Isi Liebler
Isi Liebler

Leibler does not believe what some analysts believe—that because the Brotherhood has been so suppressed in Egypt, over time, it has learned the value of restraint.  “I think they will practice the same restraint as Hamas practices, because they’re soul brothers, those two groups,” Liebler said.  “They are identical.  They have ideological origins and they are extremist fundamentalists, and if they play the game, it will only be temporarily.”  Liebler said Muslim Brothers are not only committed to breaking peace with Israel, but have publicly announced that they want to see “Israel eliminated as a state.”

“For anybody to look towards them as a source of any kind of stability,” he added, “I think they’re living in a fool’s paradise.”

Leibler articulated the often-expressed belief that Israel’s security is dependent upon the political survival of Hosni Mubarak.  However, some other analysts in Israel applaud the Egyptian protesters.  They say Israeli security can only strengthen as its Arab neighbors democratize, and dismiss worries about a resurgence of Islamism next door.  Among these voices is Larry Derfner, who also writes for the Jerusalem Post.

“It’s fear that’s dictating the Israeli reaction,” he told VOA.  “But there’s such a thing as too much fear.  I think most people who know about Egypt, who are looking at Egypt and trying to be level-headed about it, are saying that Muslim Brotherhood is probably not going to take over Egypt, and that the movement in Egypt is dominated by democrats.”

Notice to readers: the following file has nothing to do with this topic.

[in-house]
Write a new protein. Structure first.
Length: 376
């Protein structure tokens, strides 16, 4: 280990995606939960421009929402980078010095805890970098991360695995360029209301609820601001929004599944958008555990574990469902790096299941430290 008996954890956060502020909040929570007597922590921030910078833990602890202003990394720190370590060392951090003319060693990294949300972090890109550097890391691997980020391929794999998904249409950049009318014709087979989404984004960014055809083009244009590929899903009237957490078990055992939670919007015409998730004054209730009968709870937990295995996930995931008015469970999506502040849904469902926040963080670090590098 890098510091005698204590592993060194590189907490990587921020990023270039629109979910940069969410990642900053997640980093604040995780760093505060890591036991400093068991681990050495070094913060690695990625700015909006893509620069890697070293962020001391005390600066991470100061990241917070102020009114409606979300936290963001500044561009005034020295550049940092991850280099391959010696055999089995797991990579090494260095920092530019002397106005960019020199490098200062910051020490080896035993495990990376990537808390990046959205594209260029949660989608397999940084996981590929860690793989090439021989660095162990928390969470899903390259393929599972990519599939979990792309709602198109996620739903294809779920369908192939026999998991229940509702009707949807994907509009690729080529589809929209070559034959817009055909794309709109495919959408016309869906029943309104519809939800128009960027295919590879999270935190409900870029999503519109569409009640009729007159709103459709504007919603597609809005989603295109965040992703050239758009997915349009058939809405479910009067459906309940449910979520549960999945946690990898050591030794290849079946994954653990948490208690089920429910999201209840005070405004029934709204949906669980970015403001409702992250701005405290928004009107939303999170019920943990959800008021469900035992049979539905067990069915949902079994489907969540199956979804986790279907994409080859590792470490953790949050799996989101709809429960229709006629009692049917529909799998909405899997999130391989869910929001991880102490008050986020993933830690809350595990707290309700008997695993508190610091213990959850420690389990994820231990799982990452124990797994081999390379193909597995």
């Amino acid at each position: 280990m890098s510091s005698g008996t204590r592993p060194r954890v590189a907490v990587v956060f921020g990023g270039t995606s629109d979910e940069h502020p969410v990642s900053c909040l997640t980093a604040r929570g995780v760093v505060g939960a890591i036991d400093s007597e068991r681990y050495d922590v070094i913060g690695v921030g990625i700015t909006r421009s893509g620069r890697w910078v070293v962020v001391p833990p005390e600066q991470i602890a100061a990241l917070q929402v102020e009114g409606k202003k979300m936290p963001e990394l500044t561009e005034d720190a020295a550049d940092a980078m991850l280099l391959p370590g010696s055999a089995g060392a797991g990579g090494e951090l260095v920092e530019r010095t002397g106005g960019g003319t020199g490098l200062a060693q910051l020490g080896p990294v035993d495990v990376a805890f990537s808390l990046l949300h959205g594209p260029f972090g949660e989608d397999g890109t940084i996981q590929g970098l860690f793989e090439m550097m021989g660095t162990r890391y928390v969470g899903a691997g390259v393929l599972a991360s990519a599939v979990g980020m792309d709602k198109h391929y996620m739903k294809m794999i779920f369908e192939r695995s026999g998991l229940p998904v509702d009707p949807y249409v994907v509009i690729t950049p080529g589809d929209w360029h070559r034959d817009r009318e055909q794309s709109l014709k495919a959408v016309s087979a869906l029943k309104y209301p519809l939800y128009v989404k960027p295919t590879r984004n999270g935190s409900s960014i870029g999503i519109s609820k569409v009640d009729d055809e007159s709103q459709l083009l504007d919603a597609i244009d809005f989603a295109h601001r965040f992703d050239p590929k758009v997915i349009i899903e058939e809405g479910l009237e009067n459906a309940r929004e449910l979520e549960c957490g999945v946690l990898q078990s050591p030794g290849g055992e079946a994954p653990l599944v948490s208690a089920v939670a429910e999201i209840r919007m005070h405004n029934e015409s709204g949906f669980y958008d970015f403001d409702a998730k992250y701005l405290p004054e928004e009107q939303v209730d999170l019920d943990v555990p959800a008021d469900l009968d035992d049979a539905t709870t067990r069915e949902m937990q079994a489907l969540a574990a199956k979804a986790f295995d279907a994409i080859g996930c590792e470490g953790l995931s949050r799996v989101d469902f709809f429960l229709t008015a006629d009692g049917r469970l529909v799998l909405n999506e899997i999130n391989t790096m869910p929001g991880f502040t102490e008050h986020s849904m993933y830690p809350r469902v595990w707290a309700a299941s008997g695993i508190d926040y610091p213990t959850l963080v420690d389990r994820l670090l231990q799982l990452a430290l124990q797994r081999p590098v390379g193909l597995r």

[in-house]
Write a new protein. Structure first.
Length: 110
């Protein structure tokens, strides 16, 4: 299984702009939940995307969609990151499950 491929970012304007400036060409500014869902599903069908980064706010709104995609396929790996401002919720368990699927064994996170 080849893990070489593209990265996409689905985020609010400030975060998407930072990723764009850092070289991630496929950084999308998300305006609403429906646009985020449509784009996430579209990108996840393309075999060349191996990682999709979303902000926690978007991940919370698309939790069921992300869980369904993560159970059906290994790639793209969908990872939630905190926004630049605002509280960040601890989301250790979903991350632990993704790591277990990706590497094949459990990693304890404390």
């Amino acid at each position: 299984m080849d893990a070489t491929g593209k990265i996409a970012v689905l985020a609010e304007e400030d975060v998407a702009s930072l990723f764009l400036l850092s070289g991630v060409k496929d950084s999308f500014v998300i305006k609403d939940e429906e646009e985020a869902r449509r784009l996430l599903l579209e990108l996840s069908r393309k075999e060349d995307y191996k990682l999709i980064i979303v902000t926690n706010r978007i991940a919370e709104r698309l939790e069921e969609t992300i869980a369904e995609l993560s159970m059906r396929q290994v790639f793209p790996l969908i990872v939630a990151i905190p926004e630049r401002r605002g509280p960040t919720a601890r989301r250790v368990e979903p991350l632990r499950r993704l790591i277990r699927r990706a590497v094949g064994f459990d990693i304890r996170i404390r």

The Muslim Brotherhood is not in a position to be able to deliver to protestors what they want in a government, said Derfner.  “They want democracy, which the Muslim Brotherhood is not going to give them.  And at least as much as democracy, they want economic growth.  And Islamism and alliance with the Islamic world is not going to give them that.  And trashing the Israeli peace treaty is not going to give them that.”

Then what would?  Derfner’s answer was emphatic:  “Playing ball with America and the West.”


NEW: Follow our Middle East reports on Twitter
and discuss them on our Facebook page.

You May Like

Video Russia’s Syrian Escalation Tests Obama’s Crisis Response

Critics once again question whether president has been slow to act on Syrian conflict, thus creating opening for powers like Russia More

Ancient African DNA Shows Mass Migration Back Into Africa

First genetic analysis of ancient human remains in Africa suggests massive migration from north around time of Egyptian empire More